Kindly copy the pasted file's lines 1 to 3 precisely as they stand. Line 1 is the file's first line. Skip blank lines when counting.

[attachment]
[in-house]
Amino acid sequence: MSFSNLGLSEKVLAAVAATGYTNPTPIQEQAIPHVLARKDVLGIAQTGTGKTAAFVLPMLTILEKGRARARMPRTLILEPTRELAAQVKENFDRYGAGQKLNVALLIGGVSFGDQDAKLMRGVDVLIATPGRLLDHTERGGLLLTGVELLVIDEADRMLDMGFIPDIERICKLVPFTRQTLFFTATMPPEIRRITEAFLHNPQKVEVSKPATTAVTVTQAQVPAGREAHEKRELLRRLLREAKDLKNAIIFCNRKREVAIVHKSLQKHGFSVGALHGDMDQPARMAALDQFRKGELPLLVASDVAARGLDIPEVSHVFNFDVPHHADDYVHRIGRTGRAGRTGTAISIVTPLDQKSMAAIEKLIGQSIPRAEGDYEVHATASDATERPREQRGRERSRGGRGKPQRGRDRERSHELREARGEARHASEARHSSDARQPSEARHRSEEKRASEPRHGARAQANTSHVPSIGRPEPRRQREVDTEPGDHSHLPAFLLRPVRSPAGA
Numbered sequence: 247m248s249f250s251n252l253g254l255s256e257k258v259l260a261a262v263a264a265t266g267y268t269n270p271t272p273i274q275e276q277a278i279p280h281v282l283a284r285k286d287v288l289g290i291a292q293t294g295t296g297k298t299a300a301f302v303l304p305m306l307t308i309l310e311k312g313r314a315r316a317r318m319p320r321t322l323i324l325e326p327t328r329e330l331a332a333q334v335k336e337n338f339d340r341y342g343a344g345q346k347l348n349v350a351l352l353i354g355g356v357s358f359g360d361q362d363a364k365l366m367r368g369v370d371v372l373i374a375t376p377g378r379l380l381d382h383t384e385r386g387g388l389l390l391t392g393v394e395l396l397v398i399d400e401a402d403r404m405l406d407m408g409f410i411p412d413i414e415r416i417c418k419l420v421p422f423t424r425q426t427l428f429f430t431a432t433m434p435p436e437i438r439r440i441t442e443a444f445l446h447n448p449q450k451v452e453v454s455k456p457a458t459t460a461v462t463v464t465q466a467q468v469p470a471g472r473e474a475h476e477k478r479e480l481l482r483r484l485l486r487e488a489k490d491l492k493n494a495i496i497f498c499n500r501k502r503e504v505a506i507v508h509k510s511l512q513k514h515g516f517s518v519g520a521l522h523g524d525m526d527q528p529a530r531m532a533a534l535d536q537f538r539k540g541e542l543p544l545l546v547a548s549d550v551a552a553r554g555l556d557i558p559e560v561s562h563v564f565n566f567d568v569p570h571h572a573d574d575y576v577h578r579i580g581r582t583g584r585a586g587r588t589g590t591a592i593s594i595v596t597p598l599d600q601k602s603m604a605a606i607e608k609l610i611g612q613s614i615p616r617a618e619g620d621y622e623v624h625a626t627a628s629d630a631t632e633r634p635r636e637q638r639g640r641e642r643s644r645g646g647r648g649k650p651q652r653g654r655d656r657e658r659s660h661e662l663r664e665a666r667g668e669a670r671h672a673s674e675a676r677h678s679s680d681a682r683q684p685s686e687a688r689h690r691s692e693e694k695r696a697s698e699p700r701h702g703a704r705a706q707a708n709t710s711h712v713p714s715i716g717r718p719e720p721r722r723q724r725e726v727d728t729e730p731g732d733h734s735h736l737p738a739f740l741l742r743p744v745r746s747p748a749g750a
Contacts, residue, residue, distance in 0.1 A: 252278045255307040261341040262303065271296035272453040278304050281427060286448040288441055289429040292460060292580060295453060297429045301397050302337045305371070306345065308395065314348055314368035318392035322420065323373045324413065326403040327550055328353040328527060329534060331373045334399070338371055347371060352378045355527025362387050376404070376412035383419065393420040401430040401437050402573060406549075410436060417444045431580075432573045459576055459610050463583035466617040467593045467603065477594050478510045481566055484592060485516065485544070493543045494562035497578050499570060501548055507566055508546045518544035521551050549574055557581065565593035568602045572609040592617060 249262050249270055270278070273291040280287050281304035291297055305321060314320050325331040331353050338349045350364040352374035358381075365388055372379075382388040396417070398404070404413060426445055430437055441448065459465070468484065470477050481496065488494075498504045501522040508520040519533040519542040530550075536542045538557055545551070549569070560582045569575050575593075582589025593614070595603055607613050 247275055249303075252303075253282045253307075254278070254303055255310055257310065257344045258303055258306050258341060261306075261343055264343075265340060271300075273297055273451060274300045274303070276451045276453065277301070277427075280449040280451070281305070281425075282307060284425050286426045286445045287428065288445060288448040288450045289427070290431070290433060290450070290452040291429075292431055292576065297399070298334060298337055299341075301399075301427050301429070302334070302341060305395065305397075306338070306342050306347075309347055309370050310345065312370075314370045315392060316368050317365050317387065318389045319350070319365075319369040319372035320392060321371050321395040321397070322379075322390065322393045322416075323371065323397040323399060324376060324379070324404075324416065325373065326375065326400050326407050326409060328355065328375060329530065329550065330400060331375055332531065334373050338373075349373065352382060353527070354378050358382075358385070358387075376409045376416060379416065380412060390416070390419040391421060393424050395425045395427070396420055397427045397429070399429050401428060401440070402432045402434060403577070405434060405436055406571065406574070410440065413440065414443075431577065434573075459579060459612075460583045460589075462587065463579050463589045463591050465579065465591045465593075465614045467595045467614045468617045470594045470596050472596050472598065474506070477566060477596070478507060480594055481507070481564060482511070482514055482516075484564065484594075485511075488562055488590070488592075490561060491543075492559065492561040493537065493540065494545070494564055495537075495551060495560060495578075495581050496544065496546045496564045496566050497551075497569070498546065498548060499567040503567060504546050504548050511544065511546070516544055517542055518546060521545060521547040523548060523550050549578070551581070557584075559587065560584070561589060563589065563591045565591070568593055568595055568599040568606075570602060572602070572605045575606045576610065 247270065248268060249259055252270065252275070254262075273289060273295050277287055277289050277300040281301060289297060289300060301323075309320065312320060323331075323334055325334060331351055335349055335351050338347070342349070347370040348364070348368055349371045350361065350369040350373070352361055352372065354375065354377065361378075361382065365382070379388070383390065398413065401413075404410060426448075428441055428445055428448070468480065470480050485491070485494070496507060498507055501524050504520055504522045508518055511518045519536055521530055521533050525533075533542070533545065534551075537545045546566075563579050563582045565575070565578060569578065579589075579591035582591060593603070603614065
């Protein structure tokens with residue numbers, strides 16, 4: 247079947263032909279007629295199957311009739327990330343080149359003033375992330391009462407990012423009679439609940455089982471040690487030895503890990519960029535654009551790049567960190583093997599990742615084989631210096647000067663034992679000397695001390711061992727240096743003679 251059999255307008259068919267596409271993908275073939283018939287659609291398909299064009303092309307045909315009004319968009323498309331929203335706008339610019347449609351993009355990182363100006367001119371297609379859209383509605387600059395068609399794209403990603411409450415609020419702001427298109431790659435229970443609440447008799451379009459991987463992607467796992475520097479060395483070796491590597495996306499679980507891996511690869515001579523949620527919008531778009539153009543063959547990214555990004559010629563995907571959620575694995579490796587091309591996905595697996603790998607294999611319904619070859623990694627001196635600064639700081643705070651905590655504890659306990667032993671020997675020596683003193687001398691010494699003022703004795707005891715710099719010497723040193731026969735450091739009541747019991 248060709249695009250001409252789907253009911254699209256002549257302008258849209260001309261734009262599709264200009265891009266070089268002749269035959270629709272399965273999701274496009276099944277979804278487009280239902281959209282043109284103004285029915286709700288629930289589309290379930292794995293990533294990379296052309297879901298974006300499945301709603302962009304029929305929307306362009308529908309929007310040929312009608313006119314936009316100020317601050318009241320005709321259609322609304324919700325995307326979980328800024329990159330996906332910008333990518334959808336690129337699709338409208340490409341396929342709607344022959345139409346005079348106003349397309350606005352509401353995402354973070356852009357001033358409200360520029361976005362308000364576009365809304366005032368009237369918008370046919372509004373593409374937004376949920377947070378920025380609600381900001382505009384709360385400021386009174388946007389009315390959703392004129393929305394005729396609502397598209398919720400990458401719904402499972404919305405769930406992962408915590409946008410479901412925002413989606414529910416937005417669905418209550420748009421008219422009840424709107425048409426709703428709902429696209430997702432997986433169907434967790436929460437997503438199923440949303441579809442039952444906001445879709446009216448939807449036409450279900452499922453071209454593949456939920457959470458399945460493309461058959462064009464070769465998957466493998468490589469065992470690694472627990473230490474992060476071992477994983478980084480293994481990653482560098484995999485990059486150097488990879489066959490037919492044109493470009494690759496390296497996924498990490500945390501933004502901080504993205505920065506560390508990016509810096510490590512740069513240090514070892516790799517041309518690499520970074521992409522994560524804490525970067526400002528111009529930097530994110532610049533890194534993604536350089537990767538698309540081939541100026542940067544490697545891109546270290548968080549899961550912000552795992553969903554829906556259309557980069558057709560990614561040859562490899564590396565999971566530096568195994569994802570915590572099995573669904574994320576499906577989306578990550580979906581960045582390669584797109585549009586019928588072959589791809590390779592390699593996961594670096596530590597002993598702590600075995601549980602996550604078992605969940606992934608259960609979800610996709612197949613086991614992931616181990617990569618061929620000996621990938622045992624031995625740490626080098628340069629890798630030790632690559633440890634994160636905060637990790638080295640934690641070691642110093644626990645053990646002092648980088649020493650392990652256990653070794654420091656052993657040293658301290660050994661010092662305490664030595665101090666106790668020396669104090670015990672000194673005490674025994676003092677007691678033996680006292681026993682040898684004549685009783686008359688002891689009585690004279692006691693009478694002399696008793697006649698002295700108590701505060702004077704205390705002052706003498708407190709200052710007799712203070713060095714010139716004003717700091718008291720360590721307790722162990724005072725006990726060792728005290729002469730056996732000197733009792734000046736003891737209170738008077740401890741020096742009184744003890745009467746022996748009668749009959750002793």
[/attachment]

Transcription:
[in-house]
Amino acid sequence: MSFSNLGLSEKVLAAVAATGYTNPTPIQEQAIPHVLARKDVLGIAQTGTGKTAAFVLPMLTILEKGRARARMPRTLILEPTRELAAQVKENFDRYGAGQKLNVALLIGGVSFGDQDAKLMRGVDVLIATPGRLLDHTERGGLLLTGVELLVIDEADRMLDMGFIPDIERICKLVPFTRQTLFFTATMPPEIRRITEAFLHNPQKVEVSKPATTAVTVTQAQVPAGREAHEKRELLRRLLREAKDLKNAIIFCNRKREVAIVHKSLQKHGFSVGALHGDMDQPARMAALDQFRKGELPLLVASDVAARGLDIPEVSHVFNFDVPHHADDYVHRIGRTGRAGRTGTAISIVTPLDQKSMAAIEKLIGQSIPRAEGDYEVHATASDATERPREQRGRERSRGGRGKPQRGRDRERSHELREARGEARHASEARHSSDARQPSEARHRSEEKRASEPRHGARAQANTSHVPSIGRPEPRRQREVDTEPGDHSHLPAFLLRPVRSPAGA
Numbered sequence: 247m248s249f250s251n252l253g254l255s256e257k258v259l260a261a262v263a264a265t266g267y268t269n270p271t272p273i274q275e276q277a278i279p280h281v282l283a284r285k286d287v288l289g290i291a292q293t294g295t296g297k298t299a300a301f302v303l304p305m306l307t308i309l310e311k312g313r314a315r316a317r318m319p320r321t322l323i324l325e326p327t328r329e330l331a332a333q334v335k336e337n338f339d340r341y342g343a344g345q346k347l348n349v350a351l352l353i354g355g356v357s358f359g360d361q362d363a364k365l366m367r368g369v370d371v372l373i374a375t376p377g378r379l380l381d382h383t384e385r386g387g388l389l390l391t392g393v394e395l396l397v398i399d400e401a402d403r404m405l406d407m408g409f410i411p412d413i414e415r416i417c418k419l420v421p422f423t424r425q426t427l428f429f430t431a432t433m434p435p436e437i438r439r440i441t442e443a444f445l446h447n448p449q450k451v452e453v454s455k456p457a458t459t460a461v462t463v464t465q466a467q468v469p470a471g472r473e474a475h476e477k478r479e480l481l482r483r484l485l486r487e488a489k490d491l492k493n494a495i496i497f498c499n500r501k502r503e504v505a506i507v508h509k510s511l512q513k514h515g516f517s518v519g520a521l522h523g524d525m526d527q528p529a530r531m532a533a534l535d536q537f538r539k540g541e542l543p544l545l546v547a548s549d550v551a552a553r554g555l556d557i558p559e560v561s562h563v564f565n566f567d568v569p570h571h572a573d574d575y576v577h578r579i580g581r582t583g584r585a586g587r588t589g590t591a592i593s594i595v596t597p598l599d600q601k602s603m604a605a606i607e608k609l610i611g612q613s614i615p616r617a618e619g620d621y622e623v624h625a626t627a628s629d630a631t632e633r634p635r636e637q638r639g640r641e642r643s644r645g646g647r648g649k650p651q652r653g654r655d656r657e658r659s660h661e662l663r664e665a666r667g668e669a670r671h672a673s674e675a676r677h678s679s680d681a682r683q684p685s686e687a688r689h690r691s692e693e694k695r696a697s698e699p700r701h702g703a704r705a706q707a708n709t710s711h712v713p714s715i716g717r718p719e720p721r722r723q724r725e726v727d728t729e730p731g732d733h734s735h736l737p738a739f740l741l742r743p744v745r746s747p748a749g750a